Navigating the criminal records complex : hiring and job seeking in the inland empire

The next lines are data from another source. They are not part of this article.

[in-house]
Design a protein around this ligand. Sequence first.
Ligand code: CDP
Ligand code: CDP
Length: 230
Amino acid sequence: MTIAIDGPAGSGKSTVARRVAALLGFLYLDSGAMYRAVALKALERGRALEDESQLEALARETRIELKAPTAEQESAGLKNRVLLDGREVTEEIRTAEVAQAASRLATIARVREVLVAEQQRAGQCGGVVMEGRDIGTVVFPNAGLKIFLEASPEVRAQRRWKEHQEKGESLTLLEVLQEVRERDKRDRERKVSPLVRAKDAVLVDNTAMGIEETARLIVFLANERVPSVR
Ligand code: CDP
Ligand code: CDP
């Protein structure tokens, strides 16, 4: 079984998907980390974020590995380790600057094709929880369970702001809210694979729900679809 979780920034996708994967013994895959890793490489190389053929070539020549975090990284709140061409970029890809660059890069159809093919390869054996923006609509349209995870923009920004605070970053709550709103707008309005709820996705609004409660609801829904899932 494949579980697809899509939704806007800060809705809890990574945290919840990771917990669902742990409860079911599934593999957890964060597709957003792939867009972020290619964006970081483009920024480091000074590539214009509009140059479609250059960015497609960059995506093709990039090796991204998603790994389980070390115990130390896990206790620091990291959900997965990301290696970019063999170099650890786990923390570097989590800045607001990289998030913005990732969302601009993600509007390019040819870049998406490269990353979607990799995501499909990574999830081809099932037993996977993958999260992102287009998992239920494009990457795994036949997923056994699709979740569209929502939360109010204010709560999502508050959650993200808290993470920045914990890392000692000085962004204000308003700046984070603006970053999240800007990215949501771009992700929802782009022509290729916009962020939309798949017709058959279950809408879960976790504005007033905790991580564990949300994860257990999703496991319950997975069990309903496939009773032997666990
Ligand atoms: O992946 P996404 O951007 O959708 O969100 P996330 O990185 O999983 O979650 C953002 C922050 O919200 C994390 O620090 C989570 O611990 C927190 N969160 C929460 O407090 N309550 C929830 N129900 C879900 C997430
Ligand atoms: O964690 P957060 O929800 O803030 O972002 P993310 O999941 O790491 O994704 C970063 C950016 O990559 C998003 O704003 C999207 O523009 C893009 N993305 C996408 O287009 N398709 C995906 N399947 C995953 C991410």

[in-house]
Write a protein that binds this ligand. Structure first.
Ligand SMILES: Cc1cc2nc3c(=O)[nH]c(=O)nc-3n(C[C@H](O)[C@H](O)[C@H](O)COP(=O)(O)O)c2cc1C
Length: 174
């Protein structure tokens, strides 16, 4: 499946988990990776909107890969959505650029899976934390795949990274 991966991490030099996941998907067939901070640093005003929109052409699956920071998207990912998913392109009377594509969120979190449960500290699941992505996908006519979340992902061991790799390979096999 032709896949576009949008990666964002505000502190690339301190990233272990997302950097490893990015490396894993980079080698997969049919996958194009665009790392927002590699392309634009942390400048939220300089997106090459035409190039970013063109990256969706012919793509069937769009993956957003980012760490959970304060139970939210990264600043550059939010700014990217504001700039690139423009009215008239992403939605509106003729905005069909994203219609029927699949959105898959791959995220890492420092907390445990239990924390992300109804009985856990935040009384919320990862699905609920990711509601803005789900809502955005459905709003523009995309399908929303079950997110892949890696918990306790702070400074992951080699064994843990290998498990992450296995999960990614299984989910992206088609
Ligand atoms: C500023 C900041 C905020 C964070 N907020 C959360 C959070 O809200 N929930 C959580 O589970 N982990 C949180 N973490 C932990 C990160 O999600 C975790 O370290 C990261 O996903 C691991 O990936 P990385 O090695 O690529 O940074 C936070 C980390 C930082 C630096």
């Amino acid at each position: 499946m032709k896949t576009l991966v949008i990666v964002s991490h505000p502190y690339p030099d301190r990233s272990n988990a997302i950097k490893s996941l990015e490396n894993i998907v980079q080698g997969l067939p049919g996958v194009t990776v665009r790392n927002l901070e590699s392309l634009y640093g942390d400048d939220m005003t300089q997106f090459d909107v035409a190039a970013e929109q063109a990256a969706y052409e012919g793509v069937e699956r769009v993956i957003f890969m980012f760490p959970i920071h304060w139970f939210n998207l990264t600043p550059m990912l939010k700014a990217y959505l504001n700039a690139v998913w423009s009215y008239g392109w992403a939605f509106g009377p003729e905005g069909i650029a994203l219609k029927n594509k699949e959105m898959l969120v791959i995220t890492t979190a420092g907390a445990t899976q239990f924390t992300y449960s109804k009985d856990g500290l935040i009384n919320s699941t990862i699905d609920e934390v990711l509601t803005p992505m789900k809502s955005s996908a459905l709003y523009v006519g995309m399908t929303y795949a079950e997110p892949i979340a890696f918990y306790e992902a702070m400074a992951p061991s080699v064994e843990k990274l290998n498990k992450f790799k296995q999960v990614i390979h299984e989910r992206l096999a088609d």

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Navigating the Criminal Records Complex: Hiring and Job Seeking in the Inland Empire is an urban ethnography that seeks to shed light on the problem of employer reluctance to hire workers with criminal convictions by analyzing how criminal history is considered in the hiring process. Set in Southern California’s Inland Empire, the study examines the attitudes and practices of business owners and human resource professionals alongside the labor market experiences of job seekers with criminal records and the advocates who assist them. While a significant body of sociological literature documents the scope of employer aversion to hiring applicants with criminal records, less is known about how individual, cultural and structural factors intersect to shape employers’ decisions. Using the qualitative methods of extended participant observation and interviews, this research sets employers’ subjectivity (including values, beliefs and racial attitudes) and specific business concerns against the backdrop a political-economic climate characterized by regulation, risk-aversion, competition and litigation. Overall, the study furthers understanding of how gendered and classed racism gets reproduced as a socially structured reality through processes of criminalization. It interrogates the role of the state in legislating the exclusion of criminalized peoples and fueling a burgeoning, for-profit background screening industry. In so doing, this study reveals that despite its presentation as value-neutral, criminal records screening functions as a significant mechanism of racial and economic stratification.



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